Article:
Sat 28 Jan, 2012 07:36 am
oNE OF THE NEIGHBORS OF MY GRANDPARENTS WAS FROM PUERTO RICO and she made A KILLER CHICKEN AND RICE DISH. iT WAS ALL IN ONE POT AND HAD A WONDERFUL CHICKNY AND A CHILEEY TOMATOEY TASTE WITHA NICE RICE BASE. I think some onions were in there too.
Any recipes that some of you Hispanic guys or Tex Mex guys have in your files?
Im looking to make this dish for tomorrow and there was a spice that was like a 5 spice powder but with a less "candy" flavor
Any help, discussion, cautions, or sources of stuff would be greatly appreciated
I wonder if the spice was Goya's Adobo
WELL, Nobody has come up with anything (((sob))). so I put together something from my taste memory.
I fried the chicken thighs to just brown them and then coated them with the goya and some cinnamon (teeny bit)
Then I did the rice
2 big onions fried
1/2 lemon, very thinly sliced and then chopped into smaller slivers. These wre then put into the frying pan woth the onions (being fried in the goodness of the fat that was being reedered by the chicken
1Pk cilantro and chile (Goya spice)
! 28 oz can of fire roasted and chopped tomatoes
1/4 c Heinz chili sauce
Pepper to taste
1/2 t mambasa pepper (v v hot)
salt to taste
I put it all together and while the rice was cooking all the sauces and tomatoes were put in and let on very low gas flame for about 45 min.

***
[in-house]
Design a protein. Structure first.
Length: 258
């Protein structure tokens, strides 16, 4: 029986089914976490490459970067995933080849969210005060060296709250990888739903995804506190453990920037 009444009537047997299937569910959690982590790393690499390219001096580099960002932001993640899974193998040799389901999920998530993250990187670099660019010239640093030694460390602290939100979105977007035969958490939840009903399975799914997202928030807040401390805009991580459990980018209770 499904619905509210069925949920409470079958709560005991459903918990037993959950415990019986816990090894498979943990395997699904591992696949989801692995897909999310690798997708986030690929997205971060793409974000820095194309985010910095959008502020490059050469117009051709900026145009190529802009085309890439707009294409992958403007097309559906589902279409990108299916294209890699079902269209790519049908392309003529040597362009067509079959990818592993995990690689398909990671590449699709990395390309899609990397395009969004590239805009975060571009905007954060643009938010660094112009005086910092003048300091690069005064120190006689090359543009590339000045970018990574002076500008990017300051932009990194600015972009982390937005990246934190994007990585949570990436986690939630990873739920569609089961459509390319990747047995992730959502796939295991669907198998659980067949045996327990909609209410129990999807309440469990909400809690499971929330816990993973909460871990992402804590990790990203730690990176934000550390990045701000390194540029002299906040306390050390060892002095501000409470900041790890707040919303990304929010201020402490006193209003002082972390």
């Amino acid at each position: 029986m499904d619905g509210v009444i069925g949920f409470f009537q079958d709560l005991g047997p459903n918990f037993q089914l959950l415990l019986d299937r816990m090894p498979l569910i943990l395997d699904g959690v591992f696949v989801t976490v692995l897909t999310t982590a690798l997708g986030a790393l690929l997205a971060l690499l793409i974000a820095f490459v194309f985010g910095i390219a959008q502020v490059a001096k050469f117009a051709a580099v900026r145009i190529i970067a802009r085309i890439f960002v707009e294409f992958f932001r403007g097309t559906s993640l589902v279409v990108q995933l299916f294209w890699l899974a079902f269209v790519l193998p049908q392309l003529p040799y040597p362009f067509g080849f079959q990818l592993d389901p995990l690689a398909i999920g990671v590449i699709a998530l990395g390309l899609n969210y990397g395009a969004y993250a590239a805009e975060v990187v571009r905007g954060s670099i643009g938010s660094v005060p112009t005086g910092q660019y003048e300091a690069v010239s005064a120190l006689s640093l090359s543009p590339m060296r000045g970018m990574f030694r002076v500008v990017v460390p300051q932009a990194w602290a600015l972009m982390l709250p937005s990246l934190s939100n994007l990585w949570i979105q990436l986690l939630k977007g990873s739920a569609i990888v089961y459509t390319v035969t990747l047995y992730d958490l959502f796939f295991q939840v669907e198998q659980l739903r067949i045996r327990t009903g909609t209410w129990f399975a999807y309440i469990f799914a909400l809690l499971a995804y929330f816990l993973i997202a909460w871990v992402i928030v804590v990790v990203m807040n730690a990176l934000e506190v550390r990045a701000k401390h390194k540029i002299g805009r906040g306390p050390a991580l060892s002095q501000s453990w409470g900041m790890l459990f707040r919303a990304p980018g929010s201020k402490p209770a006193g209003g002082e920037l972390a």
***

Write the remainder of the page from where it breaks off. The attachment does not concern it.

Then it was turned off and let sitting to develop some body and flavors
We will et this at 6:30 EST
I shal report back .
The chicken/rice combo with tomato is a Spanish classic. You can get variants from almost all of the countries that had Spanish invaders/explorers. It's not particularly Tex-Mex, especially if you're after a Puerto Rican effect. The spicing is different.
Pimiento and/or citrus come up in a lot of the Puerto Rican variants of Arroz con Pollo .
I haven't had arroz con pollo all that many times and my memory of it is fairly bland. I am assuming this is wrong, might have been a silly cafe or two or three, but don't know. I think spice usage varies in Mexico as well as for the rest of us.
(The people from India that owned our building and ran a restaurant did not serve flaming food that I had grown to expect from people from India).
Where is Fbaezer to set us straight?